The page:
Council to Start Early for Closed Session

Session likely stems from developer's assertion of rights

The regularly-scheduled city council meeting for Sept. 8, 2008 will start at 6 p.m. instead of 7 p.m. so that council can go into closed session. A phone call to the Larcom Building confirmed that the meeting would begin with a motion to go into closed session, that council would conduct its closed session, and then at 7 p.m. the meeting would start as it usually does, complete with its public commentary segment.

Closed sessions are allowed under Michigan’s Open Meetings Act for the following reasons:

  1. to consider the purchase or lease of real property;
  2. to consult with its attorney about trial or settlement strategy in pending litigation, but only when an open meeting would have detrimental financial effect on the public body’s position;
  3. to review the contents of an application for employment or appointment to a public office when the candidate request the application to remain confidential. However, all interviews by a public body for employment or appointment to a public office have to be conducted in an open meeting; and
  4. to consider material exempt from discussion or disclosure by state or federal statute.

Explanation for the closed session could be found in a letter dated Aug. 29, 2008, from Robert Carson of Carson Fischer, legal counsel for Hughes Properties, to city attorney, Stephen Postema. [.pdf of complete letter text] Carson requested that his client’s project be voted on at the next occurring city council meeting (in this case, Sept. 8) and not be delayed until it is next on the agenda, Oct. 6.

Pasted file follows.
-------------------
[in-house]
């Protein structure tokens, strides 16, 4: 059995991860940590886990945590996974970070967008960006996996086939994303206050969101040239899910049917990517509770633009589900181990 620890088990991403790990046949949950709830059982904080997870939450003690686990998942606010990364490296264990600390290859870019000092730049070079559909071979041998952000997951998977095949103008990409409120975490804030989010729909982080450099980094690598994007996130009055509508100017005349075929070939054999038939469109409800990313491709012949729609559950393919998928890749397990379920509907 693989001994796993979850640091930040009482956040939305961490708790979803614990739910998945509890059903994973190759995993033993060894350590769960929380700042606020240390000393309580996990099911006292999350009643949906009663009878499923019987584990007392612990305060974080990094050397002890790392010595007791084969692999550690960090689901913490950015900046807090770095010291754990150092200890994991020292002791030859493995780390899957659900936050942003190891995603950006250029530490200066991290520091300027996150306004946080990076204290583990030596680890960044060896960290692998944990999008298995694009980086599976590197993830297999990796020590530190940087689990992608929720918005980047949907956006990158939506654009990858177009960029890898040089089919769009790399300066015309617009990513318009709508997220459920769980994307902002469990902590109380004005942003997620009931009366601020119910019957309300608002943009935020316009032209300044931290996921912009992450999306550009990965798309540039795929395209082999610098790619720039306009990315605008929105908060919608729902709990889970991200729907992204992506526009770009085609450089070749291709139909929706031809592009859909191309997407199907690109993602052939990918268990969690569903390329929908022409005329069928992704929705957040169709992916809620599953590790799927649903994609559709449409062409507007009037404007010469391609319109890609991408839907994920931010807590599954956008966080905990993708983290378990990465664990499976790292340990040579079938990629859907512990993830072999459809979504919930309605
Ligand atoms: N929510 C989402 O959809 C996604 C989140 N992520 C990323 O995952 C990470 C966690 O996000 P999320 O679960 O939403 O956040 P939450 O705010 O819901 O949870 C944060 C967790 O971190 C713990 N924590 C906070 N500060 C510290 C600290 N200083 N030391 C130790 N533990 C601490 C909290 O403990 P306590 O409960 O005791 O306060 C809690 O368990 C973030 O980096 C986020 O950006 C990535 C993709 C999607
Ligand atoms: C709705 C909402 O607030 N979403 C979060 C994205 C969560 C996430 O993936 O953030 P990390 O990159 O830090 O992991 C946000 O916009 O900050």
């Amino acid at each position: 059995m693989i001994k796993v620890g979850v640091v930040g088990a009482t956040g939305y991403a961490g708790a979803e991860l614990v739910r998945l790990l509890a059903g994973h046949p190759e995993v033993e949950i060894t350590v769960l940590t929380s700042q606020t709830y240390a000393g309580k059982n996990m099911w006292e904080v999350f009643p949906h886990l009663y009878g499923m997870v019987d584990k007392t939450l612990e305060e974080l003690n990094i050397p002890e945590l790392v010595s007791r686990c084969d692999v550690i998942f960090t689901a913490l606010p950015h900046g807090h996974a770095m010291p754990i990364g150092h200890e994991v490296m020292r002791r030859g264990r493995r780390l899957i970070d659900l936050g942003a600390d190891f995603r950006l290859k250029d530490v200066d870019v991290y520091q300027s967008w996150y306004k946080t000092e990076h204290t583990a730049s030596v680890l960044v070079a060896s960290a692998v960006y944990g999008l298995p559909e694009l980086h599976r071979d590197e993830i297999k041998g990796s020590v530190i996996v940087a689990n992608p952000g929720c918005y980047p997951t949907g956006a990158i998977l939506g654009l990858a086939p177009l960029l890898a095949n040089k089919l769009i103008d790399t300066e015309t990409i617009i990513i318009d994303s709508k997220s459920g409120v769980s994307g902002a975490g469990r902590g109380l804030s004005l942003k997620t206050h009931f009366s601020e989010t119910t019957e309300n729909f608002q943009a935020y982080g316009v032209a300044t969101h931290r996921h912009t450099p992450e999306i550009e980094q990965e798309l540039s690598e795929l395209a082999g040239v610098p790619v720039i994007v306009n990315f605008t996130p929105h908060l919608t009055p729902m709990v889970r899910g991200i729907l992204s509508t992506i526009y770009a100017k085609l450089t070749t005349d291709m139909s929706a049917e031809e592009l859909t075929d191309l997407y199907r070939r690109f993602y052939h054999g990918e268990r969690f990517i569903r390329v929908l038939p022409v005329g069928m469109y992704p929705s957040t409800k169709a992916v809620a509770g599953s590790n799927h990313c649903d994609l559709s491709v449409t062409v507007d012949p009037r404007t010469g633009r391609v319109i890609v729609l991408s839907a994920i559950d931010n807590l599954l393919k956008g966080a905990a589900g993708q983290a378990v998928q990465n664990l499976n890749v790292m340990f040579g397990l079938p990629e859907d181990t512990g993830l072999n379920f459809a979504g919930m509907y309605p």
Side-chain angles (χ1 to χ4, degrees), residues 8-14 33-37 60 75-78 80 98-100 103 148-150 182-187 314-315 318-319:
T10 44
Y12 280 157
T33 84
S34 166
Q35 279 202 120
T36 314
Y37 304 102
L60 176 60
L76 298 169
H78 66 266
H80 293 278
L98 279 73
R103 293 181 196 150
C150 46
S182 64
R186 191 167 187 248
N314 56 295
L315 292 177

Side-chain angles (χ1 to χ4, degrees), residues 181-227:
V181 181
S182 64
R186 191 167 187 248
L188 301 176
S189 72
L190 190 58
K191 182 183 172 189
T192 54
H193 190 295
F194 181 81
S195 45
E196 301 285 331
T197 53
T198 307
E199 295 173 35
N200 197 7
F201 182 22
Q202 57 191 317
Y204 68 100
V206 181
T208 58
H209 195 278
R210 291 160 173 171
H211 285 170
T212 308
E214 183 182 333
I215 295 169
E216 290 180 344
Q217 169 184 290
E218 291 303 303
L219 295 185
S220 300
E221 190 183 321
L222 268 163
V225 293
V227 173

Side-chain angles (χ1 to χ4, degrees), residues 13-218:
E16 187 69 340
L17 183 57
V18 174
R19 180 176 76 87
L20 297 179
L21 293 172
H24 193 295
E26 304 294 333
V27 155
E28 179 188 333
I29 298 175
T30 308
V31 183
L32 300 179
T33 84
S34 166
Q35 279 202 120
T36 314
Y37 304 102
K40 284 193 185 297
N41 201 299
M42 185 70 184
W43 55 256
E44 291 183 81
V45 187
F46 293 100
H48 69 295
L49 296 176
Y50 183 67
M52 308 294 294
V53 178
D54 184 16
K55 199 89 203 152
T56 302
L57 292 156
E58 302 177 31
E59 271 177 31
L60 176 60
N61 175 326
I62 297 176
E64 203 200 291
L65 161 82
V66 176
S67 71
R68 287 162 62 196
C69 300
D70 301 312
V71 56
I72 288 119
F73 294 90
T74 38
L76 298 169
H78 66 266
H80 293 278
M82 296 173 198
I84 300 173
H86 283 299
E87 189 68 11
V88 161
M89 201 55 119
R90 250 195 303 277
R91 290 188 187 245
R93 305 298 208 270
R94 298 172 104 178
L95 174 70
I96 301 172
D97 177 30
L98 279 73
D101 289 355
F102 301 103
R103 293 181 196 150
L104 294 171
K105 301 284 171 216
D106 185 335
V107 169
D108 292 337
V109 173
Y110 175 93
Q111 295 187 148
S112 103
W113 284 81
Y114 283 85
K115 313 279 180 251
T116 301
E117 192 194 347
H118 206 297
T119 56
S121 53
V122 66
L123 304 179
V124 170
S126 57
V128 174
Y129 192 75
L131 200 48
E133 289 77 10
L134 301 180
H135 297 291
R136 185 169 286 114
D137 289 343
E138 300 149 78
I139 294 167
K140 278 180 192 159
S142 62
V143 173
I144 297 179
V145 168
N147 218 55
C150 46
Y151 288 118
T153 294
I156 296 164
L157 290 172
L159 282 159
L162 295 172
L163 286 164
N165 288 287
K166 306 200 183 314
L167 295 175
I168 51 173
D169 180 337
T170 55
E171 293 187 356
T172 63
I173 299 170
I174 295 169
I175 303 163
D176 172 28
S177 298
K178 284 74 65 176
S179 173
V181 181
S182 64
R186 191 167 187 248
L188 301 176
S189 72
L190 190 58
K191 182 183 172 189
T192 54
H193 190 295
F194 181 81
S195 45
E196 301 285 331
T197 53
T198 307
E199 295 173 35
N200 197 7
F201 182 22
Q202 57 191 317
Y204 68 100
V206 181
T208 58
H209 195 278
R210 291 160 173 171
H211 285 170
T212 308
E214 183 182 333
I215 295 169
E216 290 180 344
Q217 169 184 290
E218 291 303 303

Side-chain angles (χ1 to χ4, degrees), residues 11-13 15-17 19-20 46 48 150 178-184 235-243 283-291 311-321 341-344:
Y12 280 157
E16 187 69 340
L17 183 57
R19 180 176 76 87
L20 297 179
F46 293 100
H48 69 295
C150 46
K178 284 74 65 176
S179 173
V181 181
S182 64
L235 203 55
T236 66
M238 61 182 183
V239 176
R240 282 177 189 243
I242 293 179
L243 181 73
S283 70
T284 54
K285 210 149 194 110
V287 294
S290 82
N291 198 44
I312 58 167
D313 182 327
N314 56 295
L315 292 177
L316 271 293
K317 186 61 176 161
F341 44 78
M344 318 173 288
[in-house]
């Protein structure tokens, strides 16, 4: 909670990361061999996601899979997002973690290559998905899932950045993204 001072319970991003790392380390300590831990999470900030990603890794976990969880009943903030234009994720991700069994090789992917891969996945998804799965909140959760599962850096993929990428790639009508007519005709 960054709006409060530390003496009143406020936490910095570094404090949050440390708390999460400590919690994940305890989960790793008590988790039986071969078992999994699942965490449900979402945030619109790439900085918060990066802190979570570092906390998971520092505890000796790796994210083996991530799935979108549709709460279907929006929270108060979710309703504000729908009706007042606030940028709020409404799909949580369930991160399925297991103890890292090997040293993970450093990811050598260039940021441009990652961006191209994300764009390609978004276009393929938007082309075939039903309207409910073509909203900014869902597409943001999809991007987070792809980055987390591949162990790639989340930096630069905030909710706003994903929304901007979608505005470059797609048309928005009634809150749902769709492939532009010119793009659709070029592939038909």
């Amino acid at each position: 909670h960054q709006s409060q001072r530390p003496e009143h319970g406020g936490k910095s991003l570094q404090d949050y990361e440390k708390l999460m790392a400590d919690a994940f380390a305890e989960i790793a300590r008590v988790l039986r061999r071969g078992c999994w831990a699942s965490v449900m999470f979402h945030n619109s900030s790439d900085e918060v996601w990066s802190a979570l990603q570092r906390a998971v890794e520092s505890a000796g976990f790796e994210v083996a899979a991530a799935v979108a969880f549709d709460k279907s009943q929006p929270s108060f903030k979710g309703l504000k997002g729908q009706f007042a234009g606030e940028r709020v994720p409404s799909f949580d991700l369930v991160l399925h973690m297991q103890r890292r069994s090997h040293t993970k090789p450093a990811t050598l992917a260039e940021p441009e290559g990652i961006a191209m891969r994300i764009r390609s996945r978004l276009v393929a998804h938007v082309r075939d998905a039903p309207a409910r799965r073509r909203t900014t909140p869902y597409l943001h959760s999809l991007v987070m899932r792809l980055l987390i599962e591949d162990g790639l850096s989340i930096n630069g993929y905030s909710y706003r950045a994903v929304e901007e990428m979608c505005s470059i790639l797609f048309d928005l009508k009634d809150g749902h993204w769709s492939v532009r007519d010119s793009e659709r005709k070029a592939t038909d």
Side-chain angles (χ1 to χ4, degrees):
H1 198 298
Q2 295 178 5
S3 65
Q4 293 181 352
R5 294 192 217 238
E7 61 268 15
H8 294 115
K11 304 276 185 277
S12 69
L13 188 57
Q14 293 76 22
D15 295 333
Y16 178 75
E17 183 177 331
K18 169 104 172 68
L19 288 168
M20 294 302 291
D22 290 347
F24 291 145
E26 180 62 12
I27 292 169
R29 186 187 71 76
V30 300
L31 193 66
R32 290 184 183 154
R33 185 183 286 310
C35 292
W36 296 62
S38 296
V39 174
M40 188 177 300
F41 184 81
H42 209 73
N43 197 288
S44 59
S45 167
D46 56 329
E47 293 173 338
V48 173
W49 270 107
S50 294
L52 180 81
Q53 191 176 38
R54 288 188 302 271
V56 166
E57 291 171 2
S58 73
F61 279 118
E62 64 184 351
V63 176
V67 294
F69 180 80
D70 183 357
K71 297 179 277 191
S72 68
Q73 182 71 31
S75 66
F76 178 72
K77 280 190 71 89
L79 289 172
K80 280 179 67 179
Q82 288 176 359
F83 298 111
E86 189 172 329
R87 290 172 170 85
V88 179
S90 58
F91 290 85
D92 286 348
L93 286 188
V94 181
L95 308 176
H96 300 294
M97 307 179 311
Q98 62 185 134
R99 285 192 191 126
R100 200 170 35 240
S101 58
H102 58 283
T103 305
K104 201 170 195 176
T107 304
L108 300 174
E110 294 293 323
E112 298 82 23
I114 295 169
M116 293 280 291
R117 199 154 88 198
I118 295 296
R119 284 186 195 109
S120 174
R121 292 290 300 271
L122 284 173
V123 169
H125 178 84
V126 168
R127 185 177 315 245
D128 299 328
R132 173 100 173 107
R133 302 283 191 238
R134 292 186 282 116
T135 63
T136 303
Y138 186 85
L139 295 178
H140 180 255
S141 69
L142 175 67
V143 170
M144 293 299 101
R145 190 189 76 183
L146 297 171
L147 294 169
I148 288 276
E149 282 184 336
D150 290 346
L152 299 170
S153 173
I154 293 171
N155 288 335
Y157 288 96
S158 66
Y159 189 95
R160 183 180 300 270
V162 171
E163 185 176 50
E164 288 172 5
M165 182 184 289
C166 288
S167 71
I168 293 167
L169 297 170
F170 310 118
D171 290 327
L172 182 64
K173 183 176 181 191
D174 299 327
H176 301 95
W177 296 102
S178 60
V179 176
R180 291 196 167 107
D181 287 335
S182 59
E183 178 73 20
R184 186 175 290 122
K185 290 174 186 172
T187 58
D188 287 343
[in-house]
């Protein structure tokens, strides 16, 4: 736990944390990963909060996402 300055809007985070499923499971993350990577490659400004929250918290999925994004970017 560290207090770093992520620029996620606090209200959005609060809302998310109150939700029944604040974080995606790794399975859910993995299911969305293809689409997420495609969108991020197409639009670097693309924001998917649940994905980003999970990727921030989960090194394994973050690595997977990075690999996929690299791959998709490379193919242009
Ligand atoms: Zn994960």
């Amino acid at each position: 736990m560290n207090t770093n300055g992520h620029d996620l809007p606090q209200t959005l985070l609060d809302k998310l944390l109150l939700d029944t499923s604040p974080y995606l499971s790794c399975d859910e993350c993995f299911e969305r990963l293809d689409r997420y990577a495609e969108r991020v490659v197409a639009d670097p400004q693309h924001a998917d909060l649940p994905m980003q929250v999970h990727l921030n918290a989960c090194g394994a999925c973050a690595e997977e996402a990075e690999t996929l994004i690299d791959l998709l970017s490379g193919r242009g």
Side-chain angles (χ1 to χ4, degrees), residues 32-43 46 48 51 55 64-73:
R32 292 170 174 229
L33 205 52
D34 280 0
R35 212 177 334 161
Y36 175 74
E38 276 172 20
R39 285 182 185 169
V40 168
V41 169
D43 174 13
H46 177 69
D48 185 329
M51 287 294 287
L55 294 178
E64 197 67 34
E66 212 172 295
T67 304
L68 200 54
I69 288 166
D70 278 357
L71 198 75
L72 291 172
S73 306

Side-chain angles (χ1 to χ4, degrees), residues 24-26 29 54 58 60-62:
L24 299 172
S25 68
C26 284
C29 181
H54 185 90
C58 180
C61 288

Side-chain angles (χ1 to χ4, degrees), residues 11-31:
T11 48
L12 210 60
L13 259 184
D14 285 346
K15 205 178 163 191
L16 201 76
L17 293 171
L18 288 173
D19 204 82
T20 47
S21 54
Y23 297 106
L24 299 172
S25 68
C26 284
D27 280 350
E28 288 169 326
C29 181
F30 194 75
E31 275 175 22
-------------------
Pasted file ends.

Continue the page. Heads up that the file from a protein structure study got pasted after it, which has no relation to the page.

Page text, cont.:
Section 5:122.(3) Site plans for City Council approval – provides in relevant part: “The City Council shall approve or reject the site plan within 30 days of the recommendation by the Planning Commission.” City Council did not address the site plan within 30 days of the June 3, 2008 Planning Commission recommendation. Therefore, the city has violated and continues to violate its own mandate to the essential detriment of Applicant.

Summarizing the position of the developer:

City Council has wholly failed to act upon the site plan in a timely and lawful manner. Further, pursuant to both applicable Michigan statues and the ordinance of the City, not only must City Council approve or reject the site plan within 30 days of the recommendation of the Planning Commission, it is required to approve the site plan since this site plan complies with all requirements.

The requirements in this case are specified as follows in the Ann Arbor city code:

5.122.(6) Standards for site plan approval. A site plan shall be approved by the appropriate body after it determines that:
(a) The contemplated development would comply with all applicable state, local and federal law, ordinances, standards and regulations; and
(b) The development would limit the disturbance of natural features to the minimum necessary to allow a reasonable use of the land, applying criteria for reviewing a natural features statement of impact set forth in this Chapter; and
(c) The development would not cause a public or private nuisance and would not have a detrimental effect on the public health, safety or welfare.

Based on public commentary at council meetings, public hearings, and planning commission meetings to date, it does not seem to be controversial that the proposed 25-story building satisfies (a) and (b). Claims that the project would not satisfy (c) have centered on traffic impact and wind-tunnel effects. City staff has concluded that traffic and wind impact do not violate (c).

The Chronicle has not yet successfully tapped the requisite legal expertise to assess whether (c) offers the kind of legal basis that the city would need to defend itself against a possible lawsuit. That’s why comments are open.

Section: Govt.

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One Comment

  1. By Alice Ralph
    September 11, 2008 at 11:42 am | permalink

    This type of institutional living (leases per bed) without institutional authority is not ‘expressly permitted’ as a residential use defined in the zoning ordinance. The project has been reviewed as if it is in compliance, but analysis of applicable code definitions indicates that there might not be any justification for this fundamental assumption. ‘Uses not expressly permitted are prohibited.’